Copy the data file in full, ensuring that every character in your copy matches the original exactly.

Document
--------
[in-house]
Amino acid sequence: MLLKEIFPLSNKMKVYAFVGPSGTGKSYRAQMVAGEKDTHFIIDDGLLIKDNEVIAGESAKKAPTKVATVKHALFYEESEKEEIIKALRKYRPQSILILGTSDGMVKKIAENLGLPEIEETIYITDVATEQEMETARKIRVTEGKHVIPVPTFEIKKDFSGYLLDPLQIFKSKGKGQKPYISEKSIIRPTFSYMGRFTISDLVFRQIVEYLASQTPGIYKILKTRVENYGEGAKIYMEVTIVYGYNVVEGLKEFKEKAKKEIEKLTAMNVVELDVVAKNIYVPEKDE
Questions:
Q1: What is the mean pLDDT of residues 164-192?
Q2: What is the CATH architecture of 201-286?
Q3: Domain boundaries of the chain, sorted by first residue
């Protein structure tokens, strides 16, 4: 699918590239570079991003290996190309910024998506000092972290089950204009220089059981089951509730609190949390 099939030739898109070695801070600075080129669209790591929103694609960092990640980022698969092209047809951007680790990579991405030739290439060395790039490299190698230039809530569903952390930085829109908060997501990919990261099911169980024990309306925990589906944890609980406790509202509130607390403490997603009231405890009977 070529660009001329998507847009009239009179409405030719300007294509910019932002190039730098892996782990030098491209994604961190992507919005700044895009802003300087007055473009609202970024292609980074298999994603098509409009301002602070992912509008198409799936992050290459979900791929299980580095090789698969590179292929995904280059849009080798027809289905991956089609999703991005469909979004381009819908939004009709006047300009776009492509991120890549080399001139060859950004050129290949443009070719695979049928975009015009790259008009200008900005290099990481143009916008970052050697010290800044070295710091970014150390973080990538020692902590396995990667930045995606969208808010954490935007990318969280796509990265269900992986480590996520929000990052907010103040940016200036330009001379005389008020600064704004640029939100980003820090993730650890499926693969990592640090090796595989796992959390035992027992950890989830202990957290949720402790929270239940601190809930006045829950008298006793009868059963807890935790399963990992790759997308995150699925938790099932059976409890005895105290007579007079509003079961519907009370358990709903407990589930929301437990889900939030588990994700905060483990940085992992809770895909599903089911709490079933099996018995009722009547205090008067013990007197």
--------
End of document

[in-house]
Amino acid sequence: MLLKEIFPLSNKMKVYAFVGPSGTGKSYRAQMVAGEKDTHFIIDDGLLIKDNEVIAGESAKKAPTKVATVKHALFYEESEKEEIIKALRKYRPQSILILGTSDGMVKKIAENLGLPEIEETIYITDVATEQEMETARKIRVTEGKHVIPVPTFEIKKDFSGYLLDPLQIFKSKGKGQKPYISEKSIIRPTFSYMGRFTISDLVFRQIVEYLASQTPGIYKILKTRVENYGEGAKIYMEVTIVYGYNVVEGLKEFKEKAKKEIEKLTAMNVVELDVVAKNIYVPEKDE
Questions:
Q1: What is the mean pLDDT of residues 164-192?
Q2: What is the CATH architecture of 201-286?
Q3: Domain boundaries of the chain, sorted by first residue
């Protein structure tokens, strides 16, 4: 699918590239570079991003290996190309910024998506000092972290089950204009220089059981089951509730609190949390 099939030739898109070695801070600075080129669209790591929103694609960092990640980022698969092209047809951007680790990579991405030739290439060395790039490299190698230039809530569903952390930085829109908060997501990919990261099911169980024990309306925990589906944890609980406790509202509130607390403490997603009231405890009977 070529660009001329998507847009009239009179409405030719300007294509910019932002190039730098892996782990030098491209994604961190992507919005700044895009802003300087007055473009609202970024292609980074298999994603098509409009301002602070992912509008198409799936992050290459979900791929299980580095090789698969590179292929995904280059849009080798027809289905991956089609999703991005469909979004381009819908939004009709006047300009776009492509991120890549080399001139060859950004050129290949443009070719695979049928975009015009790259008009200008900005290099990481143009916008970052050697010290800044070295710091970014150390973080990538020692902590396995990667930045995606969208808010954490935007990318969280796509990265269900992986480590996520929000990052907010103040940016200036330009001379005389008020600064704004640029939100980003820090993730650890499926693969990592640090090796595989796992959390035992027992950890989830202990957290949720402790929270239940601190809930006045829950008298006793009868059963807890935790399963990992790759997308995150699925938790099932059976409890005895105290007579007079509003079961519907009370358990709903407990589930929301437990889900939030588990994700905060483990940085992992809770895909599903089911709490079933099996018995009722009547205090008067013990007197």